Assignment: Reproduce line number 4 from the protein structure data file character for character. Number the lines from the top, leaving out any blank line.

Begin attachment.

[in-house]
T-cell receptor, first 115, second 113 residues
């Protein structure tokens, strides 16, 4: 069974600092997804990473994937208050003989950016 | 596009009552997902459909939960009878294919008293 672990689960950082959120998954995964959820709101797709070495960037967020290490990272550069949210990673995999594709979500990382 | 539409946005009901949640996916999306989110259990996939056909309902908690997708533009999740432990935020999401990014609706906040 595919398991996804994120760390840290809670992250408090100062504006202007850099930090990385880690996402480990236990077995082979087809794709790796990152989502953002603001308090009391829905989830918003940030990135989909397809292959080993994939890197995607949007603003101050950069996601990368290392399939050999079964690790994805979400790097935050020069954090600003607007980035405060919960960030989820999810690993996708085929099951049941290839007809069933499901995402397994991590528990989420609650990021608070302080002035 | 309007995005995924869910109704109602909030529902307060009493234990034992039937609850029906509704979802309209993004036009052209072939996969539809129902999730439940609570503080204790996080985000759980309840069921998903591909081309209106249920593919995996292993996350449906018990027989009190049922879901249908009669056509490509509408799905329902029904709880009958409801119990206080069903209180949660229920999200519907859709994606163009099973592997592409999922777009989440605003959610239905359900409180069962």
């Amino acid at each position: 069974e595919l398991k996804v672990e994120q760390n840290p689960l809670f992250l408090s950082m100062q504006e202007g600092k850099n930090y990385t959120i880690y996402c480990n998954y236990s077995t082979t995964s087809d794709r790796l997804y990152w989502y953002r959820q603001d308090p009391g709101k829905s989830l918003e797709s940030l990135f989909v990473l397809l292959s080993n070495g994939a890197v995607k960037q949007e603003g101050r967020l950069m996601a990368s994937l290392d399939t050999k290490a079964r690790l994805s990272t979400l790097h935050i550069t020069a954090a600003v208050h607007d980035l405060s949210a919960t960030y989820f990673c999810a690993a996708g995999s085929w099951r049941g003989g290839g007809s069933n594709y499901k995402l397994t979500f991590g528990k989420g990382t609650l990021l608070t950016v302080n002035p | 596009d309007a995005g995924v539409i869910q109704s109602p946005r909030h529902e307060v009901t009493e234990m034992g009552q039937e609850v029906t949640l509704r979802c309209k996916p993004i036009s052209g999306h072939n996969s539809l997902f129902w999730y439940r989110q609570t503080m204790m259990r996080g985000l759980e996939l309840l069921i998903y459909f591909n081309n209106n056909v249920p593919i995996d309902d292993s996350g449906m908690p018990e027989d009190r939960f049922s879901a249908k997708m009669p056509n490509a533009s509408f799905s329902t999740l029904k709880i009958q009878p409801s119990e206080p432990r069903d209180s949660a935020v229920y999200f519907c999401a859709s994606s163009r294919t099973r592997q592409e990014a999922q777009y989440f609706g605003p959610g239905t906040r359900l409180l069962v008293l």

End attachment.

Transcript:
């Amino acid at each position: 069974e595919l398991k996804v672990e994120q760390n840290p689960l809670f992250l408090s950082m100062q504006e202007g600092k850099n930090y990385t959120i880690y996402c480990n998954y236990s077995t082979t995964s087809d794709r790796l997804y990152w989502y953002r959820q603001d308090p009391g709101k829905s989830l918003e797709s940030l990135f989909v990473l397809l292959s080993n070495g994939a890197v995607k960037q949007e603003g101050r967020l950069m996601a990368s994937l290392d399939t050999k290490a079964r690790l994805s990272t979400l790097h935050i550069t020069a954090a600003v208050h607007d980035l405060s949210a919960t960030y989820f990673c999810a690993a996708g995999s085929w099951r049941g003989g290839g007809s069933n594709y499901k995402l397994t979500f991590g528990k989420g990382t609650l990021l608070t950016v302080n002035p | 596009d309007a995005g995924v539409i869910q109704s109602p946005r909030h529902e307060v009901t009493e234990m034992g009552q039937e609850v029906t949640l509704r979802c309209k996916p993004i036009s052209g999306h072939n996969s539809l997902f129902w999730y439940r989110q609570t503080m204790m259990r996080g985000l759980e996939l309840l069921i998903y459909f591909n081309n209106n056909v249920p593919i995996d309902d292993s996350g449906m908690p018990e027989d009190r939960f049922s879901a249908k997708m009669p056509n490509a533009s509408f799905s329902t999740l029904k709880i009958q009878p409801s119990e206080p432990r069903d209180s949660a935020v229920y999200f519907c999401a859709s994606s163009r294919t099973r592997q592409e990014a999922q777009y989440f609706g605003p959610g239905t906040r359900l409180l069962v008293l």